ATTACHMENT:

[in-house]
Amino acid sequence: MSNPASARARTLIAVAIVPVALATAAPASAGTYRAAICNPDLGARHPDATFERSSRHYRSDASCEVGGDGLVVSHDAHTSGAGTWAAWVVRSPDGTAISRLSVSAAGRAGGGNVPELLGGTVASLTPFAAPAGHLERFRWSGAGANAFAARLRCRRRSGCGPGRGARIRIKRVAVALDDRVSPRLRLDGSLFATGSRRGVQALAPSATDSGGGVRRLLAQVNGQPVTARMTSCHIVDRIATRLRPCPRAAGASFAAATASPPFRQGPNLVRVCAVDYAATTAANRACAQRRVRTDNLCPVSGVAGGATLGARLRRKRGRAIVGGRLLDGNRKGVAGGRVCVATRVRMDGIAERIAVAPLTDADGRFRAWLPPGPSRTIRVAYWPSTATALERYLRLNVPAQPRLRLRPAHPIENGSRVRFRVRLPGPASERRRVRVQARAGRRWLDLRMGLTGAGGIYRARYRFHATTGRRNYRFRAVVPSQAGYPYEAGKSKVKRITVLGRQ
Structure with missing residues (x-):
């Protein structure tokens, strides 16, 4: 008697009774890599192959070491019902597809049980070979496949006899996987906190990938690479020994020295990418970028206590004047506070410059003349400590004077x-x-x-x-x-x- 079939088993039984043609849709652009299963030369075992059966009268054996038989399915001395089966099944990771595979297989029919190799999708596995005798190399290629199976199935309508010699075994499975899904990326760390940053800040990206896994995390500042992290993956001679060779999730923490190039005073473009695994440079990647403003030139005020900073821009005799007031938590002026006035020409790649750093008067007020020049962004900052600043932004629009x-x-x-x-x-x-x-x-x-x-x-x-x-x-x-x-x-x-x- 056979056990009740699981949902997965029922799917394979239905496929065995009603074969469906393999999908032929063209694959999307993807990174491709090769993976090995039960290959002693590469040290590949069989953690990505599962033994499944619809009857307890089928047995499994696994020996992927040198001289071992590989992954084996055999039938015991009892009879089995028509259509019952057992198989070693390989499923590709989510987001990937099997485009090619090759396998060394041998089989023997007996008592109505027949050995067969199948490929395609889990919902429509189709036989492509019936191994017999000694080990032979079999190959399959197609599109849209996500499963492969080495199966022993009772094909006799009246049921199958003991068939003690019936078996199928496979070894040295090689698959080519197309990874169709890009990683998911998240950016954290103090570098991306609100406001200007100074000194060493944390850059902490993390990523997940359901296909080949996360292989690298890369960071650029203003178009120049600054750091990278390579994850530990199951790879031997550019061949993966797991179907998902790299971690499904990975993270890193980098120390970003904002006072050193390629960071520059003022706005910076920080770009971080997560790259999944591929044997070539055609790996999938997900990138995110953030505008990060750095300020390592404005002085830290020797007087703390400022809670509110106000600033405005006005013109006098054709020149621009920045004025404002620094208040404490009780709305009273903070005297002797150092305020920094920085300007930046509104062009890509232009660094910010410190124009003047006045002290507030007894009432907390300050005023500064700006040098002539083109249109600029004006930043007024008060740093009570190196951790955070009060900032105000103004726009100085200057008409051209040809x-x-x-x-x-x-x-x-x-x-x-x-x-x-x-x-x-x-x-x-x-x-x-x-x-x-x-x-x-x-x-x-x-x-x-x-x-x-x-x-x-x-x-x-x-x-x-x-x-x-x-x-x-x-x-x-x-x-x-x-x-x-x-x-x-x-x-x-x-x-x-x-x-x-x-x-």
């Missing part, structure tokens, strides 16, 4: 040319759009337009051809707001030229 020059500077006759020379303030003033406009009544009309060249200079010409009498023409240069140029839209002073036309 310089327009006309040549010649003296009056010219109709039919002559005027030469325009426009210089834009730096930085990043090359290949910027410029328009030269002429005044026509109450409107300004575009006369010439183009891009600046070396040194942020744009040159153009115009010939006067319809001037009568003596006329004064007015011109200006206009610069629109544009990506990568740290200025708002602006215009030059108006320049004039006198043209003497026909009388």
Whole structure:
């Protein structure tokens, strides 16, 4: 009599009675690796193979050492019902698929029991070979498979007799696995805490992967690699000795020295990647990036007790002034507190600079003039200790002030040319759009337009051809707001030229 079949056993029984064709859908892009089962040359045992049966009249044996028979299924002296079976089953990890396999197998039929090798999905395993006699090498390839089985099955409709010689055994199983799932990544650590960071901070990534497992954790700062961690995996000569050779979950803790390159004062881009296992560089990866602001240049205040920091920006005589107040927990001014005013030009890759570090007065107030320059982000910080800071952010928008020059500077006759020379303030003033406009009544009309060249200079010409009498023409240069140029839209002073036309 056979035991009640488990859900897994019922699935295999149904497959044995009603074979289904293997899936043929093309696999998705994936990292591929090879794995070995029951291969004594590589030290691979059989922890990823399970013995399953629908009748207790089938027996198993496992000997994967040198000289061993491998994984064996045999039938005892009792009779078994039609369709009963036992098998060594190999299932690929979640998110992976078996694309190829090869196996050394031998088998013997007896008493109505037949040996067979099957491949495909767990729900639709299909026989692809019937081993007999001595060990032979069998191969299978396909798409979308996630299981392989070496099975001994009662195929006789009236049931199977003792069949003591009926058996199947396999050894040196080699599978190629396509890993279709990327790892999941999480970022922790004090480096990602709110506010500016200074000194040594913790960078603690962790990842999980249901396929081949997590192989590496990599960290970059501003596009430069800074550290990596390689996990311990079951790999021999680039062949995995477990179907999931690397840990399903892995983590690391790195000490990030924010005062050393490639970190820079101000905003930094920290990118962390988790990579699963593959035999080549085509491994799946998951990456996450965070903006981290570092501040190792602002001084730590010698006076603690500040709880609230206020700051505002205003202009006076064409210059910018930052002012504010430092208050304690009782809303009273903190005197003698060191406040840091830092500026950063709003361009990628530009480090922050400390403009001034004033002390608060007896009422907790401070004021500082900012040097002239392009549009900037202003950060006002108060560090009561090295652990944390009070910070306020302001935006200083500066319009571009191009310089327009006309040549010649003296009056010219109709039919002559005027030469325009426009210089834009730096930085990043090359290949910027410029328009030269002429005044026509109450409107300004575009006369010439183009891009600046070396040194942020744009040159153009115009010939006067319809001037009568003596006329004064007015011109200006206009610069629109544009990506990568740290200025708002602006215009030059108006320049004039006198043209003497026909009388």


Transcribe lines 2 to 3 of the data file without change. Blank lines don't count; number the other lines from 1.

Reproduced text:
Amino acid sequence: MSNPASARARTLIAVAIVPVALATAAPASAGTYRAAICNPDLGARHPDATFERSSRHYRSDASCEVGGDGLVVSHDAHTSGAGTWAAWVVRSPDGTAISRLSVSAAGRAGGGNVPELLGGTVASLTPFAAPAGHLERFRWSGAGANAFAARLRCRRRSGCGPGRGARIRIKRVAVALDDRVSPRLRLDGSLFATGSRRGVQALAPSATDSGGGVRRLLAQVNGQPVTARMTSCHIVDRIATRLRPCPRAAGASFAAATASPPFRQGPNLVRVCAVDYAATTAANRACAQRRVRTDNLCPVSGVAGGATLGARLRRKRGRAIVGGRLLDGNRKGVAGGRVCVATRVRMDGIAERIAVAPLTDADGRFRAWLPPGPSRTIRVAYWPSTATALERYLRLNVPAQPRLRLRPAHPIENGSRVRFRVRLPGPASERRRVRVQARAGRRWLDLRMGLTGAGGIYRARYRFHATTGRRNYRFRAVVPSQAGYPYEAGKSKVKRITVLGRQ
Structure with missing residues (x-):